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Housing Affordability Index and Credit Risk, 6 Apr 2012

In this installment, we examine the credit risk implications of the Housing Affordability Index and a new training course series being offered by Prescient Models.

The March 2012 issue of RMA Journal carried our article on consumer risk appetite, and the response has been both supportive and thought-provoking. One reader question was about how the National Association of Realtors' Housing Affordability Index might be used to explain cycles in consumer risk appetite. The suggestion was that HAI might capture in a single index the financial impact to consumers of changes in house prices and changes in interest rates. Essentially, as homes become more affordable, demand from thoughtful consumers, who are presumably better credit risks, should rise. The following chart, created with the assistance of the National Association of Realtors, shows the relationship between credit cycles and an optimal transformation of the HAI.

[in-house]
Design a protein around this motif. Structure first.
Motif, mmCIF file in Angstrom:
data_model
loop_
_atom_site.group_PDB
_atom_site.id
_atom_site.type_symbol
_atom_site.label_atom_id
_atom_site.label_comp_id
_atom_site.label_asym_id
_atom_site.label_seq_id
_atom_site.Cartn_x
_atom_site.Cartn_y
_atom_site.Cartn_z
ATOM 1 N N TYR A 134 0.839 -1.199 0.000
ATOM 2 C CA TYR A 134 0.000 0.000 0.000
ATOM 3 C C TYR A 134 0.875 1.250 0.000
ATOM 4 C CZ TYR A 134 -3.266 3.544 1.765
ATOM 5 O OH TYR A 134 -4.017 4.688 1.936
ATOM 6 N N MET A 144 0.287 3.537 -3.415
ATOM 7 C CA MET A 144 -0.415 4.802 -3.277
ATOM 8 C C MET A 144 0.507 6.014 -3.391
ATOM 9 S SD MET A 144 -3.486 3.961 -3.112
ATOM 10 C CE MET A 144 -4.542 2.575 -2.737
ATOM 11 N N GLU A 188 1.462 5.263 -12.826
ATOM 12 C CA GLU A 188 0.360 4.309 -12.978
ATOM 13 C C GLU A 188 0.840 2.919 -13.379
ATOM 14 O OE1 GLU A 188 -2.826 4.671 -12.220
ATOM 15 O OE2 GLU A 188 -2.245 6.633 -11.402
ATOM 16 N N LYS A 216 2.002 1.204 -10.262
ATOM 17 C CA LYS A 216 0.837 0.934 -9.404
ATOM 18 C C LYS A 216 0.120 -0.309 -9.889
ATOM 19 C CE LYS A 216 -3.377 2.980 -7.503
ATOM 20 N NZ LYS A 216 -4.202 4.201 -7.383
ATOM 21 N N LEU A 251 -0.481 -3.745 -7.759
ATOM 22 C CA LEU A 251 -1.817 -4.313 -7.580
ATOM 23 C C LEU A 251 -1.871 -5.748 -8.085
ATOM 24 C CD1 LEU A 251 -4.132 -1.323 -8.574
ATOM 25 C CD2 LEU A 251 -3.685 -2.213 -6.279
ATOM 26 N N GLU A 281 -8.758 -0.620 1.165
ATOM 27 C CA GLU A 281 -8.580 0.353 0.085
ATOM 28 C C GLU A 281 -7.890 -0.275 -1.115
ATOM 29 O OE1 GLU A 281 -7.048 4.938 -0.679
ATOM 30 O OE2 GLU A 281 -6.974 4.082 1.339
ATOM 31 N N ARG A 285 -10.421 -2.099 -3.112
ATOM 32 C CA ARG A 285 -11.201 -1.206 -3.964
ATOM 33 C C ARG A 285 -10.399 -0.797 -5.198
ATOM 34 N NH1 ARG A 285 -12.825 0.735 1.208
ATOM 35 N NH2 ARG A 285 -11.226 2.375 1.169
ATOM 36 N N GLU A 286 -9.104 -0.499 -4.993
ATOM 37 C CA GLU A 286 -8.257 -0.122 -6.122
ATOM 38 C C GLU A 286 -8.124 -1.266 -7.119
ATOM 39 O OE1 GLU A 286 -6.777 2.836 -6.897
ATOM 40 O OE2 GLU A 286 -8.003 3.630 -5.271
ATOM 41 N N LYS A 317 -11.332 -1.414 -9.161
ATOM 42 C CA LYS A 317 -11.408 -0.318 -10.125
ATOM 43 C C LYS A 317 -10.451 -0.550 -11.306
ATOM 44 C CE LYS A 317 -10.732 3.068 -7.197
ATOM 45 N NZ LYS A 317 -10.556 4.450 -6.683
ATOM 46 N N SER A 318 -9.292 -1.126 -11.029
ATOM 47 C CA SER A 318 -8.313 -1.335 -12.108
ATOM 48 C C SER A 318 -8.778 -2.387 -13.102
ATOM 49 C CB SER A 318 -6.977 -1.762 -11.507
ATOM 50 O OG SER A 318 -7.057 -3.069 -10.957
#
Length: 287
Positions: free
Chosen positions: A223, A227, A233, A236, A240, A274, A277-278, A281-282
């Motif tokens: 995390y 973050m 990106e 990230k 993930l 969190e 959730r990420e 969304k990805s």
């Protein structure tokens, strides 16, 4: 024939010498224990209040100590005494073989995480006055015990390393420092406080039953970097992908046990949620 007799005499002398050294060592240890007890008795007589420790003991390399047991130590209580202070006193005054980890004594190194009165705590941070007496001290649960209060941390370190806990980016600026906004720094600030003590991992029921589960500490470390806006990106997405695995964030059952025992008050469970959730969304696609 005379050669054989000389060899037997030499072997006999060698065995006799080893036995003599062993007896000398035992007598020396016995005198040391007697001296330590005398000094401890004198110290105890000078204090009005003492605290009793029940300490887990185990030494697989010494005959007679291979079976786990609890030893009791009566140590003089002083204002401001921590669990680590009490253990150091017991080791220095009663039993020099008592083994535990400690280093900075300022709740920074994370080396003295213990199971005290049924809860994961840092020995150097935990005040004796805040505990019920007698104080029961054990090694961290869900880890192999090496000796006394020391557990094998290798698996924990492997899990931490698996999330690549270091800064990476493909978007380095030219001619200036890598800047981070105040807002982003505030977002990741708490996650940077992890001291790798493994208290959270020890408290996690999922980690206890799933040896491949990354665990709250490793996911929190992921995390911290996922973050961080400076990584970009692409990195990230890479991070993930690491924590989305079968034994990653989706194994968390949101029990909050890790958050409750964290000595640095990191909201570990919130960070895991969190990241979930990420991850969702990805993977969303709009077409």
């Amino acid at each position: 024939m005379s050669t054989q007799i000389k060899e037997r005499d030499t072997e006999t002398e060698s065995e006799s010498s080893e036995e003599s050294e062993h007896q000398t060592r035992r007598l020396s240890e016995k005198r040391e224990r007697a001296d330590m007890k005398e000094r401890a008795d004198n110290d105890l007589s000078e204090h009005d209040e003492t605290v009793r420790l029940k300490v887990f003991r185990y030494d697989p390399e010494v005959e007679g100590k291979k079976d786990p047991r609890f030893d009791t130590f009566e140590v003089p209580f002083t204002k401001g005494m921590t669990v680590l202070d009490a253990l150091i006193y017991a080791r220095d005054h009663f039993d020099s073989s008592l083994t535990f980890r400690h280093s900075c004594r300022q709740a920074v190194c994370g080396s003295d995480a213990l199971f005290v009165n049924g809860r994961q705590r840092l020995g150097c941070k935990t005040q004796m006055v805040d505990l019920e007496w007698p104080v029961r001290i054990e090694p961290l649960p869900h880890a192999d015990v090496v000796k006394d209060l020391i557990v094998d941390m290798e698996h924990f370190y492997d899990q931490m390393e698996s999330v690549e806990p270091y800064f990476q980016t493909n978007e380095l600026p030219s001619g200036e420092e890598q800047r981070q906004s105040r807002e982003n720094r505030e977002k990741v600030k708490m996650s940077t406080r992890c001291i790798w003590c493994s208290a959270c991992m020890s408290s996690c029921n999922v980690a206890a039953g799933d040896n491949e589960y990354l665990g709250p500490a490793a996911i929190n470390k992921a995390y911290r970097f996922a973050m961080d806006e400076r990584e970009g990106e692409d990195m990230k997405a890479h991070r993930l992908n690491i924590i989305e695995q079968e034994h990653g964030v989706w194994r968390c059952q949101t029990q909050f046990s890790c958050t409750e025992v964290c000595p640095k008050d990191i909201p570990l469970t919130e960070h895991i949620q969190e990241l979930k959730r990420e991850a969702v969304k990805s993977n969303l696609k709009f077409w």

The correlation to HAI is high, but not as high as to the FRB Senior Loan Officer Opinion Survey of mortgage demand or to house prices and interest rates directly. One possible explanation is that HAI does capture the balance sheet impacts to consumers, but it does not capture the market dynamics. A rapidly falling House Price Index correlates to less demand from good consumers, not more demand as affordability would suggest. This is a common market psychology where investors prefer to wait for a bottom before buying.

But as an input to a broader model, the Housing Affordability Index looks very interesting.

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